Summer of Reading Collection


Get summer started on the right page with PBS LearningMedia's Summer of Reading collection! These videos, activities, and interactive games help to build vocabulary and reading comprehension while bringing storybook characters to life.

NEW: Top 10 Summer Reads for Grades 3-5 | What would summer be without the fantasy, mystery, and adventure of a great book? Kick off your Summer of Reading with one of these summer reads selected by PBS LearningMedia staff!

  • The Wild Old Wicked Man, by William Butler Yeats

    This video segment from Poetry Everywhere features jazz musician Wynton Marsalis reading the poem "The Wild Old Wicked Man" written by his favorite poet William Butler Yeats. Yeats was the most respected of all Irish poets by the time he reached old age. Throughout his career he avoided the “low” subject matter of many other Irish poets, focusing on classical allusions and themes. But in his old age, he found a voice for the lowly thoughts and emotions inside himself—the Wild Old Wicked Man.

    For a biography of the poet William Butler Yeats please visit the Poetry Foundation Web site.

    Grades: 9-12
  • Stone, by Charles Simic

    This video segment from Poetry Everywhere features the poet Charles Simic reading his poem "Stone." "There's a cult of experience in American poetry,” Charles Simic writes; “Our poets, when one comes right down to it, are always saying: This is what happened to me. This is what I saw and felt. Truth, they never get tired of reiterating, is not something that already exists in the world, but something that needs to be rediscovered almost daily."

    For a biography of the poet Charles Simic please visit the Poetry Foundation Web site.

    Grades: 7-12
  • Calling him back from layoff, by Bob Hicok

    This video segment from Poetry Everywhere features the poet Bob Hicok reading his poem “Calling him back from layoff” at the Dodge Poetry Festival. Hicok has said, “What I’m most consistently doing is trying to understand why something is on my mind. . . . Maybe writing is nothing more than an inquiry into presences.” In this poem about a laid-off worker being re-hired, we see the economic headlines of our present moment on the mind of a poet.

    For a biography of the poet Bob Hicok please visit the Poetry Foundation Web site.

    Grades: 7-12
  • won't you celebrate with me, by Lucille Clifton

    In this video segment from Poetry Everywhere, two-time Pulitzer Prize nominated poet Lucille Clifton reads her poem “won’t you celebrate with me.” Drawing from Whitman, the Bible, and the tradition of the sonnet, the poem invites readers to explore themes of identity, race, and gender.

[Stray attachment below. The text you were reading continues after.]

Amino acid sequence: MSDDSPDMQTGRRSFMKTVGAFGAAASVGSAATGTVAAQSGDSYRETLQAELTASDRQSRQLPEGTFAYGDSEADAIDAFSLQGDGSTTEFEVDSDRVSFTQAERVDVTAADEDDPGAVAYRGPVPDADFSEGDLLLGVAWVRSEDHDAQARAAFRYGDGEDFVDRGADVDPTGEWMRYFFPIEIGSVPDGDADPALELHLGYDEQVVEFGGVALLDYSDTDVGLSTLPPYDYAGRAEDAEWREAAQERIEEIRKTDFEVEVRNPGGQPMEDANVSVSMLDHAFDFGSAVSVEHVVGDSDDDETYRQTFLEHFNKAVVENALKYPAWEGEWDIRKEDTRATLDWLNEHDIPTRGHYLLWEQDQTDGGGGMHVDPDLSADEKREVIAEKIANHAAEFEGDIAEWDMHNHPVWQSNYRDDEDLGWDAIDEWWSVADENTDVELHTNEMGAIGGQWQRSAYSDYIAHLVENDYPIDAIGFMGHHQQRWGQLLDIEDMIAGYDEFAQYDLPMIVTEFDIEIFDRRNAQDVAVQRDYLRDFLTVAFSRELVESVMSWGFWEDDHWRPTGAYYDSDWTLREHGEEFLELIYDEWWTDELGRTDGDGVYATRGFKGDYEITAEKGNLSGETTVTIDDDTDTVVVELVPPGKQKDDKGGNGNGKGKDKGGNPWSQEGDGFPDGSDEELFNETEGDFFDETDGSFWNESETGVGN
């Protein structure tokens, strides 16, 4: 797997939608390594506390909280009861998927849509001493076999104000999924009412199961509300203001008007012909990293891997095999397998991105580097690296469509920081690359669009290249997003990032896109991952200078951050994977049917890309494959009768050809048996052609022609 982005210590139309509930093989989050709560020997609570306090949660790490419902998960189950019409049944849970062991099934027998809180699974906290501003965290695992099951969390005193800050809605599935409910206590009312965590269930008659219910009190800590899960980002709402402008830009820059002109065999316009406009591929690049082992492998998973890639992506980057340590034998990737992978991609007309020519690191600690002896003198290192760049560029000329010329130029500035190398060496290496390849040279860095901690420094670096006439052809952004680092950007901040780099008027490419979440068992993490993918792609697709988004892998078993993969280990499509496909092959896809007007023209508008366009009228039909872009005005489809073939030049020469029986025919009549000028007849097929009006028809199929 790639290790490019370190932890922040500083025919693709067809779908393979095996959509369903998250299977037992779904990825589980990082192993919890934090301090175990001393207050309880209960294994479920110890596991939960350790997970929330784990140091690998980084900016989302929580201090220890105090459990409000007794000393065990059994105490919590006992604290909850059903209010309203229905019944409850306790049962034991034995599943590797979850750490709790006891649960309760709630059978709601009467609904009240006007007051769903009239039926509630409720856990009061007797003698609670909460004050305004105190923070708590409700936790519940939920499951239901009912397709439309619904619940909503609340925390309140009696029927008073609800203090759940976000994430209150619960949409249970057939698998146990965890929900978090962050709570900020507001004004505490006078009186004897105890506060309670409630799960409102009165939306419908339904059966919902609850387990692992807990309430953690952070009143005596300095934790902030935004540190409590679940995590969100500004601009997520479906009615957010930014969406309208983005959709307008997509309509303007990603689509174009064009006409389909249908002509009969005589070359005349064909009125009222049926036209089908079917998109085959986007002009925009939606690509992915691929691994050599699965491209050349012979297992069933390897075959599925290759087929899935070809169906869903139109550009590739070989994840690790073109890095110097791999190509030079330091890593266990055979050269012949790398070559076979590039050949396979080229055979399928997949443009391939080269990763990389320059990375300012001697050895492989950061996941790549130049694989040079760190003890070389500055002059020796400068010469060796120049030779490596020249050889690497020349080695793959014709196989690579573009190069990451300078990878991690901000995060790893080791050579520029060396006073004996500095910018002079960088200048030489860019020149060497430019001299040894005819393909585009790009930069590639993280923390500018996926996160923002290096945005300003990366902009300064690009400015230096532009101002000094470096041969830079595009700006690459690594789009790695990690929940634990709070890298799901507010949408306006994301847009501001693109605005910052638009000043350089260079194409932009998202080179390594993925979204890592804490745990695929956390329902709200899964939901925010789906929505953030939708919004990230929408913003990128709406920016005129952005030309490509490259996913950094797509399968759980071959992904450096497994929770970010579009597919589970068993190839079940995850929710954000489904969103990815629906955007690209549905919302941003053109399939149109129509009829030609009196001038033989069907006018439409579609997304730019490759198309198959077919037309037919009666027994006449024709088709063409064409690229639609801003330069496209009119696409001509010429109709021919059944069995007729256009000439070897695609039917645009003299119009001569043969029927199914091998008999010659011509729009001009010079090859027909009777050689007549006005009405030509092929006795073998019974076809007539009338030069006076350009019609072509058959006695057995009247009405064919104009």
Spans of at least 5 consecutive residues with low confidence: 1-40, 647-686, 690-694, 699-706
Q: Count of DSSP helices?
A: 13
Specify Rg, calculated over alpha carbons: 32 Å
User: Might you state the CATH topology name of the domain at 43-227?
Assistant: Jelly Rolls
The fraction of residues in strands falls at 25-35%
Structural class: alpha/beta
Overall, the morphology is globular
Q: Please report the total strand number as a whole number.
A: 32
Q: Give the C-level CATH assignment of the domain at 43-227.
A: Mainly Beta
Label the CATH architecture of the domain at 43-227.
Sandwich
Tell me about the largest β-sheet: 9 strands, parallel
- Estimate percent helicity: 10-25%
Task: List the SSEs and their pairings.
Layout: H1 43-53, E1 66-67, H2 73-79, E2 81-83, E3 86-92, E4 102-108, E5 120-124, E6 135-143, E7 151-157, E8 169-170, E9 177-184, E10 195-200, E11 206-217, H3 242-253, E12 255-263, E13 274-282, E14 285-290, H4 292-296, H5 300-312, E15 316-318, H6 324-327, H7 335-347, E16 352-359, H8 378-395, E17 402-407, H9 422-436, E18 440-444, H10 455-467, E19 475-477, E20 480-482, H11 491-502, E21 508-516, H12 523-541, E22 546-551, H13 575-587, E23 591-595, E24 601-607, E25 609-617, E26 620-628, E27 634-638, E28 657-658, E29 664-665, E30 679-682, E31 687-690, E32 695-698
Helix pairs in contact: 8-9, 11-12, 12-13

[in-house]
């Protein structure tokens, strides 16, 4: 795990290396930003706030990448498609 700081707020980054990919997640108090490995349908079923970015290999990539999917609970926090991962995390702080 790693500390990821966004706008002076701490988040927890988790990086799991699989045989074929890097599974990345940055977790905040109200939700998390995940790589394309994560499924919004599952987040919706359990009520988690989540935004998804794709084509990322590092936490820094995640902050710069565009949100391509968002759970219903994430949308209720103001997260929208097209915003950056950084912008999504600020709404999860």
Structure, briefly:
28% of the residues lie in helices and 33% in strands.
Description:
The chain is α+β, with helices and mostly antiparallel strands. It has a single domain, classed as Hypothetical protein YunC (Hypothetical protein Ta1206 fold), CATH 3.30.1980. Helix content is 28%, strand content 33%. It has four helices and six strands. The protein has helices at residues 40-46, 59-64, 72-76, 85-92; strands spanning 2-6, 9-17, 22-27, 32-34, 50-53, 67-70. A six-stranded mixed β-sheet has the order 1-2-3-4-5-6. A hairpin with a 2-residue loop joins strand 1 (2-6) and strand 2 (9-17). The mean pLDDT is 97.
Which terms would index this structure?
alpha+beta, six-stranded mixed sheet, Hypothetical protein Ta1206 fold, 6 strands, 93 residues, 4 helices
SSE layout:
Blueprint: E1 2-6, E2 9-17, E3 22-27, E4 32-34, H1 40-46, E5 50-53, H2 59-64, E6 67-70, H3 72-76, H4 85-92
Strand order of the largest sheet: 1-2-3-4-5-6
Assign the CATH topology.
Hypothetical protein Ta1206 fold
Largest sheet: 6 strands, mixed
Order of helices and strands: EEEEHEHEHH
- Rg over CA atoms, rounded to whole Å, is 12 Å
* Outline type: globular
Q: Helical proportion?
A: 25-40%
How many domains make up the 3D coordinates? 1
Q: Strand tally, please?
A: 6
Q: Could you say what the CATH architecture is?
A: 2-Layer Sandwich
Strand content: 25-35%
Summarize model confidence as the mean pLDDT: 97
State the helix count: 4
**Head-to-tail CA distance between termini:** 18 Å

Read "won't you celebrate with me" at the Poetry Foundation.

    Grades: 7-12
  • Turtle, by Kay Ryan

    This video segment from Poetry Everywhere features the poet Kay Ryan reading her poem “Turtle” at the Dodge Poetry Festival. Ryan has said that she develops her poems “the way an oyster does, with an aggravation”—is “Turtle” an example of that? Is the narrator’s description of the plodding animal an appreciation of its patience, or just an exasperated list of the turtle’s shortcomings?

    For a biography of the poet Kay Ryan please visit the Poetry Foundation Web site.

    Grades: 7-12
  • The Lanyard, by Billy Collins

    This video segment from Poetry Everywhere features the poet Billy Collins reading his poem "The Lanyard" at the Dodge Poetry Festival. The poem describes a memory of making a childhood gift at camp for his mother. Using humor and irony, the poem illustrates how ordinary objects can connect to powerful memories.

    Grades: 7-12
  • Daddy Long Legs, by Ted Kooser

    This video segment from Poetry Everywhere features Iowa-born poet Ted Kooser reading his poem "Daddy Long Legs" at the Dodge Poetry Festival. Ted Kooser has said, “I write for other people with the hope that I can help them to see the wonderful things within their everyday experiences. In short, I want to show people how interesting the ordinary world can be if you pay attention.” In this poem, a spider in the basement provides a window into the soul. A poet and an essayist, Ted Kooser spent 35 years in the insurance business, before devoting himself to writing.

    For a biography of the poet Ted Kooser, please visit the Poetry Foundation Web site.

    Grades: 7-12
  • I started Early—Took my Dog, by Emily Dickinson

    This video segment from Poetry Everywhere uses animation to illustrate Emily Dickinson's poem "I started Early—Took my Dog." In writing about the changing nature of the sea, Dickinson's poem explores themes of adventure, escape, and the depths of the self.

    Read "I started Early—Took my Dog" at the Poetry Foundation.

    Grades: 7-12
  • Dust, by Dorianne Laux

    This video segment from Poetry Everywhere features the poet Dorianne Laux reads her poem “Dust” at the Dodge Poetry Festival. "Poems keep us conscious of the importance of our individual lives,” says Laux. “Dust” examines a fleeting moment of connection that is swept aside and mostly lost in the busy activity of an average day.

    For a biography of the poet Dorianne Laux, please visit the Poetry Foundation Web site.

    Grades: 7-12
  • Scene from Hamlet | Arts in the Renaissance

    Actor Kevin Hardesty performs the famous “To be, or not to be” soliloquy from Act III, Scene I of the Shakespeare's tragedy Hamlet. Hardesty opens the segment with a brief introduction to the scene: Hamlet’s father, the King of Denmark, has mysteriously died, and his brother Claudius has assumed the throne and married the King’s wife (Hamlet’s mother). Hamlet meets the Ghost of the dead king, who accuses Claudius of murder. Hamlet must decide the truth of the accusation and what course of action to take.

    Grades: 9-12
  • Supernatural Elements in Shakespeare

    In this media collection, students explore the use of supernatural elements within William Shakespeare’s plays, focusing particularly on Macbeth, Hamlet, and The Tempest. Students examine supernatural beliefs during the 16th and 17th centuries, and they also identify how supernatural elements drive the plot of many of Shakespeare’s plays.

    Grades: 8-12
  • The Use of Soliloquy